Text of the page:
Hence His heartbreak and frustration when they turned on him becomes clear.

I don't think God created man out of some inherent need -- God already existed in community within Himself ("let us make man in our image"). I would say that He created man because it was in His nature as a loving God to do so.
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Old 02-28-2005, 04:25 PM   #19
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Quote:
Originally posted by melon


The OT "warrior God" reflects how all gods were depicted prior to 600 B.C. or so. "Gods" were petty and expected constant sacrifice, along with having strict rules to live by. Otherwise? You were killed. This was likely their way to explain natural circumstances like droughts, floods, invasion, famine, etc. A kind of "reward-punishment" system.

Exilic Judaism was exposed to Persian Zoroastrianism, which was "revolutionary" in depicting a "good" god. Evil, thus, came from a "bad" god. Thus, the emphasis switched from trying to please God to prevent Him from smiting you to trying to avoid the temptations of the evil "being," which we call "Satan."

Jesus would, by nature, follow the good/"loving" God model, because Zoroastrianism also brought in the idea of a Messiah. The Pharisees (derivative of "Parsi" or "Persian," a reference to Zoroastrianism) were the "Messianic Jews"; they just didn't believe that Jesus was their Messiah. The Sadducees, on the other hand, opposed Messianic/Zoroastrian beliefs infused into Judaism, and, thus would have opposed Jesus, along with any idea of a "Messiah." The OT canon we use is the text that the Pharisees used.

In short, the nature of God changes in the Bible, because the culture of the region changed with the rise and fall of the different civilizations and empires in the region. And, really, this is just life. If you look at the last 1000 years from the present here, a lot has changed on how we view "God." They were certainly no different!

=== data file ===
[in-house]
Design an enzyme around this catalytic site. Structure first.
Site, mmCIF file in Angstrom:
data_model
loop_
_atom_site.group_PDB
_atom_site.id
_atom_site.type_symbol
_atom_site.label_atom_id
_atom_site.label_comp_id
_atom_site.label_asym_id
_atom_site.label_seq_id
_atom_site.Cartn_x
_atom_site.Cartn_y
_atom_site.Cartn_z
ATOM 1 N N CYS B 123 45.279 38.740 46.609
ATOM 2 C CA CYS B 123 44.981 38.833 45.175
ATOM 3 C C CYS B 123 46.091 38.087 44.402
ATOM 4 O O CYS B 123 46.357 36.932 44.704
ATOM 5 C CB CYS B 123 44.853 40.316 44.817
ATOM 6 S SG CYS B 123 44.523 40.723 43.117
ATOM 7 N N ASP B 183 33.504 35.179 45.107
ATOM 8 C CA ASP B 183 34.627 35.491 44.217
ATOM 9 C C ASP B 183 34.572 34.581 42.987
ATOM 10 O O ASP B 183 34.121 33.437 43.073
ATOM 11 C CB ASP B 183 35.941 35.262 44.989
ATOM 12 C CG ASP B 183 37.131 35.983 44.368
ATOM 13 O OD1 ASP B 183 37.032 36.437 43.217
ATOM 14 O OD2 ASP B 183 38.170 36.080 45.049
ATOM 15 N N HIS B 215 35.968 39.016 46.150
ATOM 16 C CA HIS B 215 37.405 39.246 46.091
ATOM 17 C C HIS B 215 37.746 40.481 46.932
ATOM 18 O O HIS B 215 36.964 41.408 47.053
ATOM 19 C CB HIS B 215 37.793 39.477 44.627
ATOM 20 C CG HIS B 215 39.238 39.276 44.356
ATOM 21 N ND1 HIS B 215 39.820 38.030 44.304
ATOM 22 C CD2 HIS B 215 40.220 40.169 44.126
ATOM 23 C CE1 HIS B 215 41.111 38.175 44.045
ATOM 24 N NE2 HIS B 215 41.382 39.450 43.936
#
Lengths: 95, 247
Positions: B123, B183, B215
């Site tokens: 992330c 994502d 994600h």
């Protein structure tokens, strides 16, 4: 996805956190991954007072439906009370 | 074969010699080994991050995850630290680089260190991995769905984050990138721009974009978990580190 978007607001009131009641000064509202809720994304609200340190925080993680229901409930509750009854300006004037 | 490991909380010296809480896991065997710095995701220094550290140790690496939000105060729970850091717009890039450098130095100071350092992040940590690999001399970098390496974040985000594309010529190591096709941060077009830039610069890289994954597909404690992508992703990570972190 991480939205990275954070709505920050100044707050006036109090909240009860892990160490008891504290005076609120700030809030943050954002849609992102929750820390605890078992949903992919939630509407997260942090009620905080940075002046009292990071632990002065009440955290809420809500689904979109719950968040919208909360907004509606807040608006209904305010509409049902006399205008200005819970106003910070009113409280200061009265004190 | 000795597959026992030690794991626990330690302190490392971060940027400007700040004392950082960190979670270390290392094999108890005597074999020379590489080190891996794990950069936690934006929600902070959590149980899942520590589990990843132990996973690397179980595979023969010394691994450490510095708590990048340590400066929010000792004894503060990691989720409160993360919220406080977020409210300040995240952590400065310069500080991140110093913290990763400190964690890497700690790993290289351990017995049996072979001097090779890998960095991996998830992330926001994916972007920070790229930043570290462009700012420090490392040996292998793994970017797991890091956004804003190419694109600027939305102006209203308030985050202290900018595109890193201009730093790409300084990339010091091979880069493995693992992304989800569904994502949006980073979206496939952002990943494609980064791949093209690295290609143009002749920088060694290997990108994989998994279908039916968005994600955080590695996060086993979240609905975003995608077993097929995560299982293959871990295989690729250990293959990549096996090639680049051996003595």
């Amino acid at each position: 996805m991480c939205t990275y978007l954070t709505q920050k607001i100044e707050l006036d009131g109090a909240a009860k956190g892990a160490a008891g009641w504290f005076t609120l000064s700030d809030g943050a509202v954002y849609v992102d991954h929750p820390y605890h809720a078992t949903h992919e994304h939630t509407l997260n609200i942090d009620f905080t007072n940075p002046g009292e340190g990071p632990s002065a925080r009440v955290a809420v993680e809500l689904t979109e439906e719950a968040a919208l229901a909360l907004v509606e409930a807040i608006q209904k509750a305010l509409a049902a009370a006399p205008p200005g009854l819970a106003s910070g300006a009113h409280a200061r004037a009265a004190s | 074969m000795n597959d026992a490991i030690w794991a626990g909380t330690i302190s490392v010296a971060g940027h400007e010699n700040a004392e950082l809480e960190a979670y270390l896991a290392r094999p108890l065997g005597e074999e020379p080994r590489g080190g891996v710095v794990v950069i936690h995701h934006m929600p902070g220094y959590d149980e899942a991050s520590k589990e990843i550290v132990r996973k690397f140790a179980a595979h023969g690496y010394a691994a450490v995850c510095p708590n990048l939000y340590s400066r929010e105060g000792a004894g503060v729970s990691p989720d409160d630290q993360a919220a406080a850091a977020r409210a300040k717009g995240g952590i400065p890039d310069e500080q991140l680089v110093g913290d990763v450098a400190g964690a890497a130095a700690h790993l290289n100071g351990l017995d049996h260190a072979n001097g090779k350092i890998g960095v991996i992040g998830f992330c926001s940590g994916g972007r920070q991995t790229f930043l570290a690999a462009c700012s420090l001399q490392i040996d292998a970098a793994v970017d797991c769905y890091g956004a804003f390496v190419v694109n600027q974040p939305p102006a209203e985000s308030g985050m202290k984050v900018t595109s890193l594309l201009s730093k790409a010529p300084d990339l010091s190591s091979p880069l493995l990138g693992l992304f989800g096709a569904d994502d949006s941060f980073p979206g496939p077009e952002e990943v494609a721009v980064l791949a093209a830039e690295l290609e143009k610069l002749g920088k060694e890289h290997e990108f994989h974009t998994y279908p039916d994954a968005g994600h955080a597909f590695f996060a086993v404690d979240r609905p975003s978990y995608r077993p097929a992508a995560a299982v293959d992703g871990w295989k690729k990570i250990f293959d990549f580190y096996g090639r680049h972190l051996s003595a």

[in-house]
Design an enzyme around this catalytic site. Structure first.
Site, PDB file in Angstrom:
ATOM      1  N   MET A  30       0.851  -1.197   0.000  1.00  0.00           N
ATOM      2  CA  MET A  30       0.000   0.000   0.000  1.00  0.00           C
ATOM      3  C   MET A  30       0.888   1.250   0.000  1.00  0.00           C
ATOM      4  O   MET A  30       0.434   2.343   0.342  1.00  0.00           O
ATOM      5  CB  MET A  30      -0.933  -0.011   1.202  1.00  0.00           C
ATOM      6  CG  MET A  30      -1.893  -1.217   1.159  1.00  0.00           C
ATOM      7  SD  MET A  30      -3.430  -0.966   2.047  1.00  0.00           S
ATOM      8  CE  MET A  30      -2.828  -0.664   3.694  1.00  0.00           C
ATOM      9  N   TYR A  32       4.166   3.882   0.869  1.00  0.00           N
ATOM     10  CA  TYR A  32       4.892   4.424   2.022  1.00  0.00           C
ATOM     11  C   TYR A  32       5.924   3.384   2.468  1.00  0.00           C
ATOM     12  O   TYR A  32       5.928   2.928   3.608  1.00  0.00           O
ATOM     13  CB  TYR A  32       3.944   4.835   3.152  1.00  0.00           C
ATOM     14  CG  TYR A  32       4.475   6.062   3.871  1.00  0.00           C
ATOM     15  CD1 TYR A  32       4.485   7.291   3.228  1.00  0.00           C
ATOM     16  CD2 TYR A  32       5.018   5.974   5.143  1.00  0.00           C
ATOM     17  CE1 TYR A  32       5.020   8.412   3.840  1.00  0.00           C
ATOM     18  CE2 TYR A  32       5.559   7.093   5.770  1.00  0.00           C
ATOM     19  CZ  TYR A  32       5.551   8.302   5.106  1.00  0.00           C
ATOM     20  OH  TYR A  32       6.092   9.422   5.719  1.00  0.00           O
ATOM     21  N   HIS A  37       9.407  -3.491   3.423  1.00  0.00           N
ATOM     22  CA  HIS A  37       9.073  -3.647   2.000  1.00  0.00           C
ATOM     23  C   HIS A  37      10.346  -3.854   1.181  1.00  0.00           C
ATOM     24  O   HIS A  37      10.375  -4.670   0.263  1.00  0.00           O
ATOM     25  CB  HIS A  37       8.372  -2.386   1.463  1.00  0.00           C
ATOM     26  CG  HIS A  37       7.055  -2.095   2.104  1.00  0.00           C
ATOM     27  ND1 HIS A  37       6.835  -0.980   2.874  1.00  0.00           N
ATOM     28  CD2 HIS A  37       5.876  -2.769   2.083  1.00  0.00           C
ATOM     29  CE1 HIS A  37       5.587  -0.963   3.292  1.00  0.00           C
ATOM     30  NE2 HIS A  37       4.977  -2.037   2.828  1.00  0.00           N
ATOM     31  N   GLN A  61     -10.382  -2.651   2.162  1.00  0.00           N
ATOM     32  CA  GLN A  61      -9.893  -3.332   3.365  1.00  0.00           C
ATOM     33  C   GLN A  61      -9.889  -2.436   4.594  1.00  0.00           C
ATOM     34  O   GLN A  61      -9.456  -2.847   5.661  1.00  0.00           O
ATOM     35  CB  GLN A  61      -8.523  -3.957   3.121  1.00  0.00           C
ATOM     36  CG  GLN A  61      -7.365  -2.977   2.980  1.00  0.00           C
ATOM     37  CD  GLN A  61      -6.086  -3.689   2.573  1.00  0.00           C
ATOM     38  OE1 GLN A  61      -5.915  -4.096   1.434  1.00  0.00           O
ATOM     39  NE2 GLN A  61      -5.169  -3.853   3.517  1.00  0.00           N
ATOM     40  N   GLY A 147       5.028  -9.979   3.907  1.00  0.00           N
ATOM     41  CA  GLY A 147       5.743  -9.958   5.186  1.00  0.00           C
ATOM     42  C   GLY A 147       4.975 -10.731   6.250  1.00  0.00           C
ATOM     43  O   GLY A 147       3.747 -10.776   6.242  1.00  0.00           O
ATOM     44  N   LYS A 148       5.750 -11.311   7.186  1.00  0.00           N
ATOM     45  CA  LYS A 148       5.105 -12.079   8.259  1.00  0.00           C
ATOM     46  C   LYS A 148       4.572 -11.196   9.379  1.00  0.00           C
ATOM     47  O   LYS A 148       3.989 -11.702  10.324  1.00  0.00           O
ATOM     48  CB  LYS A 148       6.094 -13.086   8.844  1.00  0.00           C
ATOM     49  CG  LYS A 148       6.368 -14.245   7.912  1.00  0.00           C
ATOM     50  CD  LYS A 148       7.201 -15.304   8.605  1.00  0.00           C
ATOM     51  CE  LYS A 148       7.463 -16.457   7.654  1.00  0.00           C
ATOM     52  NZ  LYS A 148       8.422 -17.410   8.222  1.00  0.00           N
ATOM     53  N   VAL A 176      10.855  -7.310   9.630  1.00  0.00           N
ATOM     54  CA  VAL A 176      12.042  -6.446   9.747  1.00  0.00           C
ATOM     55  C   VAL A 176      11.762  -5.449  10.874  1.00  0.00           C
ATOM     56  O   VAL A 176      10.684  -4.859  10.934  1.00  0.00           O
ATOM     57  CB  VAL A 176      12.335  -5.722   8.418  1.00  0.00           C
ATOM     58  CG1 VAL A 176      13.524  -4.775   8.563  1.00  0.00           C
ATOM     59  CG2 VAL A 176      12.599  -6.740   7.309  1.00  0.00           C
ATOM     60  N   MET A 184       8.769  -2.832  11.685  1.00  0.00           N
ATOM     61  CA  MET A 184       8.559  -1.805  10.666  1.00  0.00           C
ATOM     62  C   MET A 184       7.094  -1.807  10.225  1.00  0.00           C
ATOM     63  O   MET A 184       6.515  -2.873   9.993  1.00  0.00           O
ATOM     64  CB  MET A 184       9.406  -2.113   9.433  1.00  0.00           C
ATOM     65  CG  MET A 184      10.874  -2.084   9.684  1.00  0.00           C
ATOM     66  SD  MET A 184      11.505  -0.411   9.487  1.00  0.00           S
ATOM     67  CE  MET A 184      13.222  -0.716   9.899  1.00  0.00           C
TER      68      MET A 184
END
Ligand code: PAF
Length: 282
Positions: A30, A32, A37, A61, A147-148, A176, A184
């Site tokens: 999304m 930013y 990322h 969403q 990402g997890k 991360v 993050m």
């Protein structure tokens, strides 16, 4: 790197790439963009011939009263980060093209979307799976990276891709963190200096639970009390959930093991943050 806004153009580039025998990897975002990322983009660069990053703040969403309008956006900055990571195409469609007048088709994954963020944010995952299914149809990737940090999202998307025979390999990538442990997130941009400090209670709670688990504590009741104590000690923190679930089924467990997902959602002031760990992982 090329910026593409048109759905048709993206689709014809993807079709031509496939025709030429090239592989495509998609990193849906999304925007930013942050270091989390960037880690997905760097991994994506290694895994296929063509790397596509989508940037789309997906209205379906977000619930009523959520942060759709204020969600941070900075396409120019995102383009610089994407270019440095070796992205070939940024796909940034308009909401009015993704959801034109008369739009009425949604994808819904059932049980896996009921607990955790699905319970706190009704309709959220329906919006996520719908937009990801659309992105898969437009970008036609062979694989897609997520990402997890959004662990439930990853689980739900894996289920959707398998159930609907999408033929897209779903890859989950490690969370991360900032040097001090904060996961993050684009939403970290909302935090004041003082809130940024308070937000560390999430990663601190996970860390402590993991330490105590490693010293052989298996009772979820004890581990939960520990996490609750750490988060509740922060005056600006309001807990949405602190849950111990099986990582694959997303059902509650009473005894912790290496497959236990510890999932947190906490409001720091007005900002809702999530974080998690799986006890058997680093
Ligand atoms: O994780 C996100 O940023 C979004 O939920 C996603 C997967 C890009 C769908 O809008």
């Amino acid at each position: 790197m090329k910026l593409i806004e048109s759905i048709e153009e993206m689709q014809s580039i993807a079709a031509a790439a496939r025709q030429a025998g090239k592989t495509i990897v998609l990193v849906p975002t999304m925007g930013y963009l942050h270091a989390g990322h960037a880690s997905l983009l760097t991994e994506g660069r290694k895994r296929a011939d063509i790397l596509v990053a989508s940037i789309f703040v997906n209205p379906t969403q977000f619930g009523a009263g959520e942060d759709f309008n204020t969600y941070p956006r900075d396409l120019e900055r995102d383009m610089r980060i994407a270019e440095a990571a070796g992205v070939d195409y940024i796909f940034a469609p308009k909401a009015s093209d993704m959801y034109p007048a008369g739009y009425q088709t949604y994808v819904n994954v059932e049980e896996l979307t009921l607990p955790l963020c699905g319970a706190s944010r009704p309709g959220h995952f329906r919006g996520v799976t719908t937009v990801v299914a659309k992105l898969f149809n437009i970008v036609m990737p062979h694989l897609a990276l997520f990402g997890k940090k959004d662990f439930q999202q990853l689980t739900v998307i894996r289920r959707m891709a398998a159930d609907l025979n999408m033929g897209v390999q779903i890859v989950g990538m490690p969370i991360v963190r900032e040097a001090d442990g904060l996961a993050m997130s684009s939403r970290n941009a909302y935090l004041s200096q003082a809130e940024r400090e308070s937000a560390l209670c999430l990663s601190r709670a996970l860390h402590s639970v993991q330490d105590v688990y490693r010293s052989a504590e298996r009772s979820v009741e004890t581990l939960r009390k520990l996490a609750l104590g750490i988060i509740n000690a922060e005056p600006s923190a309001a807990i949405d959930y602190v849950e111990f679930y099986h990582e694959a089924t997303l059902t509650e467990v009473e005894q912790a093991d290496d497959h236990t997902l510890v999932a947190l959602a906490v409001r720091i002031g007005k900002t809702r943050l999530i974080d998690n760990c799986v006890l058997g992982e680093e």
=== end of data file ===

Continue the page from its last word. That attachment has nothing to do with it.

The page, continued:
Melon
I would however posit that while gods who demand sacrifice were common in those times, as well as were gods who were good, you would be hard-pressed to find a god who chose to sacrifice himself on behalf of human beings.
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Old 02-28-2005, 04:31 PM   #20
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Re: Re: Re: Theological questions

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Originally posted by BonosSaint


Why create man then unless it is out of some sort of need?
Or, perhaps, as a gift to His Son.
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Old 02-28-2005, 04:35 PM   #21
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yeah,

he could have have just given him legos.
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Old 02-28-2005, 04:54 PM   #22
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Sorry, I should have added the Scripture reference of John 17.
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Old 03-01-2005, 01:19 AM   #23
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Re: Re: Re: Re: Theological questions

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Or, perhaps, as a gift to His Son.
This answer made me smile. I like it very much.